July 11, 2009

Antivirus Glitch Creates Headache For Many PC Users

Antivirus software made by CA Inc. recently began infecting and quarantining files on users computers that were actually needed to keep their machines running properly, The Associated Press reported.

Such software, which is used for blocking known viruses, can sometimes mistakenly flag clean files as malicious, causing the computer to delete important files.

One user reported the problem occurring on his computer Wednesday night when he noticed his software was quarantining files that were parts of Microsoft Corp.'s Windows operating system.

"I'm back, but it took me about six hours to get back," said Lee Jay Mandell, a 60-year-old retired computer consultant and patent attorney from the Los Angeles area.

Mandell's past technical experience allowed him to restore the machine, but he feared that many less adept users might not notice or have the know-how to reverse such a problem.

These issues, known as false positives, are known problems for companies whose job is to protect people's machines from being taken over by malicious programs.

However, some legitimate files have programming code or behaviors that are identical to those of viruses and the software registers them as malicious and starts to quarantine them.

When critical files are targeted it can often result in annoyance and an outright meltdown of the machine.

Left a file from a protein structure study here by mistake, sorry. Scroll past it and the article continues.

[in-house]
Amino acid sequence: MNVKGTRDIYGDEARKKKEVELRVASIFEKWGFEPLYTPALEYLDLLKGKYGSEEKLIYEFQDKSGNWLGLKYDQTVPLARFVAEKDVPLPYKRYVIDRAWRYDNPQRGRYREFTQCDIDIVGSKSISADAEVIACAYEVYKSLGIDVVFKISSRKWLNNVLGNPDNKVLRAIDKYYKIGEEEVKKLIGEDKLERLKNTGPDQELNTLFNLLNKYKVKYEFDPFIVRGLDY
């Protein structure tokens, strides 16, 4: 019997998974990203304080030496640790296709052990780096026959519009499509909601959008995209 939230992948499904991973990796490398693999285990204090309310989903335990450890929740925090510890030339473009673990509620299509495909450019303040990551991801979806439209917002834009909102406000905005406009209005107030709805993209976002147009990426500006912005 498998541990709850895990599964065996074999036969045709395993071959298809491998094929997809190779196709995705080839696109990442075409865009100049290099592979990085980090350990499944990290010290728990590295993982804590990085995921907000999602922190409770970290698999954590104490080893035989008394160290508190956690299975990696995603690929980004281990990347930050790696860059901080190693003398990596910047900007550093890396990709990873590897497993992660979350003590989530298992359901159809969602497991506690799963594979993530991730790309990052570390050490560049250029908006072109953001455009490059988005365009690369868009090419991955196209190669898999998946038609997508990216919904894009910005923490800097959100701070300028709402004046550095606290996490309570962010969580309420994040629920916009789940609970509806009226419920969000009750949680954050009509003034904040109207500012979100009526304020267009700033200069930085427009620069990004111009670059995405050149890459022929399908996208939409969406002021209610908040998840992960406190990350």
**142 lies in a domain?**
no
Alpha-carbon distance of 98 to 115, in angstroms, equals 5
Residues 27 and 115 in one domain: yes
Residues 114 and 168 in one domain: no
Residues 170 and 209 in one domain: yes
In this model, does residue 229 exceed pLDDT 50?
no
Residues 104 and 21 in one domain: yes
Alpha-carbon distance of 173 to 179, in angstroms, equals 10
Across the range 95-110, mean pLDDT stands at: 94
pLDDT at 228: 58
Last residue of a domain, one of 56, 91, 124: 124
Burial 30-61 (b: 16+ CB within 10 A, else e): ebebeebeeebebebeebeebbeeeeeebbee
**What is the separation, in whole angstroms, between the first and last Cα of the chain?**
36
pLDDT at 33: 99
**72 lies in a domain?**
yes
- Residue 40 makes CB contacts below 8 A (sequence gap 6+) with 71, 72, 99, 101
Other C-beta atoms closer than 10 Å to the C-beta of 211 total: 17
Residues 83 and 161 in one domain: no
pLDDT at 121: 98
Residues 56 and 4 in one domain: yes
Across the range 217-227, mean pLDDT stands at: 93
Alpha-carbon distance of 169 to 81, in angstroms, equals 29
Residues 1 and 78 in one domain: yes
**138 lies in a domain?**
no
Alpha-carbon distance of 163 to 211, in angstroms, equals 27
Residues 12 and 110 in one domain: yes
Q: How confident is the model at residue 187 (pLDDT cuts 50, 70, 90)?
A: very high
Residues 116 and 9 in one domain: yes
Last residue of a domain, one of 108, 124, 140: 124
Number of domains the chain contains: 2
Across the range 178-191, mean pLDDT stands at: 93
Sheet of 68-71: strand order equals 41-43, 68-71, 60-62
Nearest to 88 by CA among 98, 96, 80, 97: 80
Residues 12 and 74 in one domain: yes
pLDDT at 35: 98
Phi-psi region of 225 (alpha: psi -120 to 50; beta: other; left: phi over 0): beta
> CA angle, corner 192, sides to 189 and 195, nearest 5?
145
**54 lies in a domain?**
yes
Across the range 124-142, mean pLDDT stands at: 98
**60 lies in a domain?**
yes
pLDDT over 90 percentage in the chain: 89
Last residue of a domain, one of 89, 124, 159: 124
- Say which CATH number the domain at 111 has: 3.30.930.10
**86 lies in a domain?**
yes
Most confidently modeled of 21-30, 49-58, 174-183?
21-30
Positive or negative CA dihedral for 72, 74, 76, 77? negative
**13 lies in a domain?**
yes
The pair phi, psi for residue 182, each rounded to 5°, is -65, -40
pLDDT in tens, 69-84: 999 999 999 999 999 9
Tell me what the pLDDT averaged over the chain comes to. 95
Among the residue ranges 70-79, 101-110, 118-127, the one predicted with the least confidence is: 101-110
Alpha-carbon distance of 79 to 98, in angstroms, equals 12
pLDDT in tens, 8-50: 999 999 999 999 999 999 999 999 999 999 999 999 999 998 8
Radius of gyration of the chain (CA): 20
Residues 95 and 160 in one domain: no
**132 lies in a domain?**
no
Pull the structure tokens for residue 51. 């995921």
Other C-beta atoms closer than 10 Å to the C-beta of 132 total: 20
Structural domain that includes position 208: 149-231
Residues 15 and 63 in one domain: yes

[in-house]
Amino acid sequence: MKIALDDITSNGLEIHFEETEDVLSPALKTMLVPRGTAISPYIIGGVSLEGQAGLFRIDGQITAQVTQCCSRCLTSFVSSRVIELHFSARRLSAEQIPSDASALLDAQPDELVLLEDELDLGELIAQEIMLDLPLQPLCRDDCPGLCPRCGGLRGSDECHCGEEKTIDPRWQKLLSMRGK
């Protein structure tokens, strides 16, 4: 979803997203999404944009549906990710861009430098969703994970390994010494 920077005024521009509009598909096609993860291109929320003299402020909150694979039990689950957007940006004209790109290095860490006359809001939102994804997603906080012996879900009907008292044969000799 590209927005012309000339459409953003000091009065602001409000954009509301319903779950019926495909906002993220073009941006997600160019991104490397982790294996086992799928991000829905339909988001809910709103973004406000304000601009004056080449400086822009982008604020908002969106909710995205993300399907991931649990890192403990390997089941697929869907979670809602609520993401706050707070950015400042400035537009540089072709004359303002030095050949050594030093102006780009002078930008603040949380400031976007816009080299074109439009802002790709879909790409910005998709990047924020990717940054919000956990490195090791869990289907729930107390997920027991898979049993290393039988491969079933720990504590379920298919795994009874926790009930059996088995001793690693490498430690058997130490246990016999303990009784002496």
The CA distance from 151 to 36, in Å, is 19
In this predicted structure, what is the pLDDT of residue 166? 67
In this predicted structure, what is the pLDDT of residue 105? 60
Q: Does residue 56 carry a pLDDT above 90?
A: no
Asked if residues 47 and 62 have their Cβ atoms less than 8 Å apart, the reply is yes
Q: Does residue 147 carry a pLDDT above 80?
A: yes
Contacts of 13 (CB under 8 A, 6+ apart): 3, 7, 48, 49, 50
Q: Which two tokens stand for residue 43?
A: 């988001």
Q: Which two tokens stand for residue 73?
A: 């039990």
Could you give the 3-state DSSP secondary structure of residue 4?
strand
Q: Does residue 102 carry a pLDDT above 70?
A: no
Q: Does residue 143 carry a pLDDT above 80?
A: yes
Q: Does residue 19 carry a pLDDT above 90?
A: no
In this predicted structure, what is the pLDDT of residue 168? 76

Several users of McAfee Inc.'s antivirus software reported that a false positive caused their computers to crash.

The company stated that a false positive only happened on older versions of McAfee software that it no longer supports, and assured users that newer versions were more stable.

CA said its last major false positive was three years ago and apologized to Mandell and others who encountered the glitch.

"Minor false positives happen periodically, but CA has historically maintained an industry low rate of false positives," the company said in a statement.

Users sometimes have to go into the list of quarantined files and manually rename them, or call the company to request software to automatically do the task for them.

Fortunately, the files that CA's software wrongly spotted as viruses this week were quarantined or renamed, not deleted, and were easily recoverable.

Security experts suggest users pay close attention to your home computer if it's telling you it's found a virus and is cleaning it up.

And if the cleanup was a false alarm, users are encouraged to call their antivirus vendor's customer support to help them recover files and make sure their machine is totally clean.


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